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## Happy Pi Day Everyone! Yes March 14 (3/14) is indeed pi day; a day to celebrate everyone’s favourite irrational number.

As a special treat for you, I’m going to show you a way to calculate pi to a high accuracy for yourself (knowledge of a computer programming language helps).

So the number pi is closely related to the geometry of the circle. The area of a circle is represented by the following formula:

Where r is the radius of the circle. So we can use this relationship to calculate pi, but we can do it without measuring anything! Instead, we are going to use something called a “Monte Carlo” simulation

Monte Carlo simulations are very useful in physics. They use random numbers to simulate a real-world system. Since they are based on random numbers, the technique is named after the famous Monte Carlo casino.

Ok, so imagine you have a square that is 1 meter by 1 meter. Now imagine you place one-quarter of a circle with a radius of 1 meter over top of this square, like so: Since the radius of the circle is 1 meter, and we are looking at exactly one-fourth of the complete circle, the area of this “slice” of circle is: The area of the square is And since it is 1 meter in length and 1 meter in width, the area is simply 1 meter squared: Since the area of the square is simply 1, the ratio of the area of the square to the area of the slice is: So we can see that pi is directly related to the ratio of the area of the slice to the area of the square.

Don’t worry, I’m goin’ somewhere with this…

Now comes the Monte Carlo part of the problem. We are going to generate 2 random numbers between 0 and 1. The first random number will be an x-coordinate, and the second will be a y-coordinate. For illustrative purposes, lets say the numbers turned out to be 0.5 and 0.5. So lets put a red circle at (0.5, 0.5): We can see that this point lies inside the circle. In fact, any x and y values which satisfy this equation: will lie inside the circle. So what if we generated a huge number of points and counted the number that landed inside the circle? If we did this, then the ratio of the number of points which landed inside to circle to the total number of points would be: Which you see is exactly the same as the equation above which related the area of the slice to the area of the square, except for one little difference. The “squiggly line” equal sign in the above equation means “approximately equal to”. It indicates that this method is an approximation because we are only using a finite number of points. If we generated an infinite number of points, that “approximately equal” sign will change to a regular equal sign.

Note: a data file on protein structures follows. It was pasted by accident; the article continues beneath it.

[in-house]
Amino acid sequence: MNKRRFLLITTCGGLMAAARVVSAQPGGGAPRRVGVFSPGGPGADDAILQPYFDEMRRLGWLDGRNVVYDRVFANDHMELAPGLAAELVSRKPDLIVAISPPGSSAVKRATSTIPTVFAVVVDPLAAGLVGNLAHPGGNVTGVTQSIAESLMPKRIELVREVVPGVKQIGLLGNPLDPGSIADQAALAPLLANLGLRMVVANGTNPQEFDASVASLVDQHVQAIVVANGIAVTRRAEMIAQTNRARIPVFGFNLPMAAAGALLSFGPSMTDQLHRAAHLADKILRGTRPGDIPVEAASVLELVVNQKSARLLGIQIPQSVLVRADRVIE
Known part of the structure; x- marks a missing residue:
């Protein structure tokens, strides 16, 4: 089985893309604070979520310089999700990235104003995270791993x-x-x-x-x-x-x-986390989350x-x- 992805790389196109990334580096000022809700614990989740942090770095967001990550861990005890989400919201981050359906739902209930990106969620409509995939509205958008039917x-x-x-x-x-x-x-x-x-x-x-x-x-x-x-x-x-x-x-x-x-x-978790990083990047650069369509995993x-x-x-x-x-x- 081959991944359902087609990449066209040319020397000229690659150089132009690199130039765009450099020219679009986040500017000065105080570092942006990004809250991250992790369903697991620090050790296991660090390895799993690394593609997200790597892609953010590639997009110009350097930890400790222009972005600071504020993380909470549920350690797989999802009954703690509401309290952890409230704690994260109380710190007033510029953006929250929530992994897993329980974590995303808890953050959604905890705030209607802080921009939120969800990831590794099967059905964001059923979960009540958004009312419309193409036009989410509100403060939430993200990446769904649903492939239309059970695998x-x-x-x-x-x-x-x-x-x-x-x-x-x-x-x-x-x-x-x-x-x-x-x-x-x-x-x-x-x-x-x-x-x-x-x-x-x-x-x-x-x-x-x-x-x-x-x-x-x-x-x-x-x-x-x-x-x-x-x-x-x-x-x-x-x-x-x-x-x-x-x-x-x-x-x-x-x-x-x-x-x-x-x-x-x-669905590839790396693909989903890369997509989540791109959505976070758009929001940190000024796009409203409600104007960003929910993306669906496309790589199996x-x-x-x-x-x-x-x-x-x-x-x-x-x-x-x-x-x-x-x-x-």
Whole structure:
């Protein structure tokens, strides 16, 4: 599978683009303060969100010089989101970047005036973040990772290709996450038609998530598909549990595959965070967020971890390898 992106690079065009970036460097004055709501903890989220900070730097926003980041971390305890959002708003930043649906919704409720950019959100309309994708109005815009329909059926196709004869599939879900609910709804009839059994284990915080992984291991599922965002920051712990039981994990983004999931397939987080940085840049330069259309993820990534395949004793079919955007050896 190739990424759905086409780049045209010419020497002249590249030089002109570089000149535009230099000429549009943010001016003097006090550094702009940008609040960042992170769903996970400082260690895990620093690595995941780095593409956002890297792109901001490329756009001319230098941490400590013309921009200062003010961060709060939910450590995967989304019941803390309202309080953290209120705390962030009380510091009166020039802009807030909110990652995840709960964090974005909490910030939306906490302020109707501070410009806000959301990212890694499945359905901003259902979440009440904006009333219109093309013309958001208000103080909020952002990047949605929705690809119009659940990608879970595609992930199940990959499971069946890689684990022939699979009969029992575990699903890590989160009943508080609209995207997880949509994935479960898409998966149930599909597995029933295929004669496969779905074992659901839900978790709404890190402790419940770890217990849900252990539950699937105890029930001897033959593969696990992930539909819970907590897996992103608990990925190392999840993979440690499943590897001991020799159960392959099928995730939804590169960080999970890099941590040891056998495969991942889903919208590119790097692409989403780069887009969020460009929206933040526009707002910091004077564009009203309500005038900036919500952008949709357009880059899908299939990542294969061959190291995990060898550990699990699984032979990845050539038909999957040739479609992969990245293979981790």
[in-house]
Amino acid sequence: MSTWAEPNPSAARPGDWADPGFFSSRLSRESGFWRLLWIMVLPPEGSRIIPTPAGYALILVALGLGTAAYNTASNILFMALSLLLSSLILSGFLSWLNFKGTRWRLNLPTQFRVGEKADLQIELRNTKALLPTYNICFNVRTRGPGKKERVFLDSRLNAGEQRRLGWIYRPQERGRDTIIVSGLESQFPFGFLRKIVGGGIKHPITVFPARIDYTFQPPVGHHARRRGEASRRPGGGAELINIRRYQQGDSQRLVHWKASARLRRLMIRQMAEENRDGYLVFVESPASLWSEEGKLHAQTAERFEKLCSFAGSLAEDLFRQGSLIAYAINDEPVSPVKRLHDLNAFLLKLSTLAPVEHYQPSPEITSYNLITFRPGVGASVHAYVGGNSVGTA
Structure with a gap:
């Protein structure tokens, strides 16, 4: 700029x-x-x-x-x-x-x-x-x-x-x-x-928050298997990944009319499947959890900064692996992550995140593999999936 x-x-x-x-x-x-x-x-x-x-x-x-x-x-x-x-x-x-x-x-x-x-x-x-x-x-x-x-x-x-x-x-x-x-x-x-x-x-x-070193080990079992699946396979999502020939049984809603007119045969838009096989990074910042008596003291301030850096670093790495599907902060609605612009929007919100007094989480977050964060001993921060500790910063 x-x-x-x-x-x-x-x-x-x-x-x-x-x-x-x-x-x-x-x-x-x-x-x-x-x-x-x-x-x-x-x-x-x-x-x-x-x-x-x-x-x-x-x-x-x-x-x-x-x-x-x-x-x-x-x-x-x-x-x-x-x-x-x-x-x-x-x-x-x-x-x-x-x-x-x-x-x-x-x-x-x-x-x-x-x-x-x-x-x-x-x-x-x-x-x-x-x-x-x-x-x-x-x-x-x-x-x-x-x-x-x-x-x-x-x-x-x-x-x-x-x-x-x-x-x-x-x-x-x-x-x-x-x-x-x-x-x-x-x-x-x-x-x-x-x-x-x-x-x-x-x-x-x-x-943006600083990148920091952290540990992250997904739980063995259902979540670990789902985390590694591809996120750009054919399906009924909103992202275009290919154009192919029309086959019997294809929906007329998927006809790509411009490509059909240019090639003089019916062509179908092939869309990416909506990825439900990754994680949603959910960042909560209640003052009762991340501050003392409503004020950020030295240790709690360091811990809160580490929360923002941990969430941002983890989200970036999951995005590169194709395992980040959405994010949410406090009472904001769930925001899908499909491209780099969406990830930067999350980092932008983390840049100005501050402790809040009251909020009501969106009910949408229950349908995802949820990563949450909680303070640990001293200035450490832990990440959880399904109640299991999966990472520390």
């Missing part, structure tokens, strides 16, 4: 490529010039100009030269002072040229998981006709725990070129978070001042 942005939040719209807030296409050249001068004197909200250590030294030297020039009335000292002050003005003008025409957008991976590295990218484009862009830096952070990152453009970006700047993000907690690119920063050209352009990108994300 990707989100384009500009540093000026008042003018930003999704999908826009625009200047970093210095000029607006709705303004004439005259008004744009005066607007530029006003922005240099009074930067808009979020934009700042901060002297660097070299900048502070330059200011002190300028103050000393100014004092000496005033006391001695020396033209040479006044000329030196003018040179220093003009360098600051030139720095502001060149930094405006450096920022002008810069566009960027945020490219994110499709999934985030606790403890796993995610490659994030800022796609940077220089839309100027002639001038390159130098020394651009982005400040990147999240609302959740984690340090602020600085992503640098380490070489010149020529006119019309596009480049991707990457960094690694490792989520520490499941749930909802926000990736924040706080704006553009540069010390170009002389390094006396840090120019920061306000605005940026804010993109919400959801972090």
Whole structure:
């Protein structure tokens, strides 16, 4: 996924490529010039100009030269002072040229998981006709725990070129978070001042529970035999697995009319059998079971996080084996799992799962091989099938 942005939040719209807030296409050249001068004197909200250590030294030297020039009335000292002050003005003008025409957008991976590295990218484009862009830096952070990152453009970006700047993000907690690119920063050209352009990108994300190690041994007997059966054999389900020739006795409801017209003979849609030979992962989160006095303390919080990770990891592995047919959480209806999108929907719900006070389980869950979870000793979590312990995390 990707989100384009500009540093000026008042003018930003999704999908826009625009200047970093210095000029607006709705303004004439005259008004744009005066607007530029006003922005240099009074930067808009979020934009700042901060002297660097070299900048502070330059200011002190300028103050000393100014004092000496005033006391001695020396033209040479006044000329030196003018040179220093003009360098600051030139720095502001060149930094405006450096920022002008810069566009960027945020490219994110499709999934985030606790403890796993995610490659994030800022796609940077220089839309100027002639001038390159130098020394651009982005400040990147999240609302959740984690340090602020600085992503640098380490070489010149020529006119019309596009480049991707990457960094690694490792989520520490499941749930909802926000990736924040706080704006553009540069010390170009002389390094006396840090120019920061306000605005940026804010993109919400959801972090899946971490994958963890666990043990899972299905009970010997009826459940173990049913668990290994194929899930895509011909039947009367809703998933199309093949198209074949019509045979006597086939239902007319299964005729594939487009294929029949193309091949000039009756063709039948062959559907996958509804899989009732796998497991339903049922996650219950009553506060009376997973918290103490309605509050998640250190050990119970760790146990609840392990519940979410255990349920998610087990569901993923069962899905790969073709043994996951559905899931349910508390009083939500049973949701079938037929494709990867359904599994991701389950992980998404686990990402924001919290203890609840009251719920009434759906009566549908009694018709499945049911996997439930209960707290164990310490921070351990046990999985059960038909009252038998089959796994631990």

So now all we have to do is run this calculation for a large number of points (N) and we will find that: So how accurate is this method? Well again it will depend on the number of points. For example, if I run this method using 10 points I get a value for π of about 3.6.

If I use N = 100 points I get π ~ 3.16

And if I use N = 1 000 000, I get π = 3.140916

which is getting pretty close to the actual value of about 3.1415926539…

There you go. I’m sure your life will be much richer and meaningful now that you have this information. Now if you’ll excuse me, I’m going to eat some pie.

Categories: Physics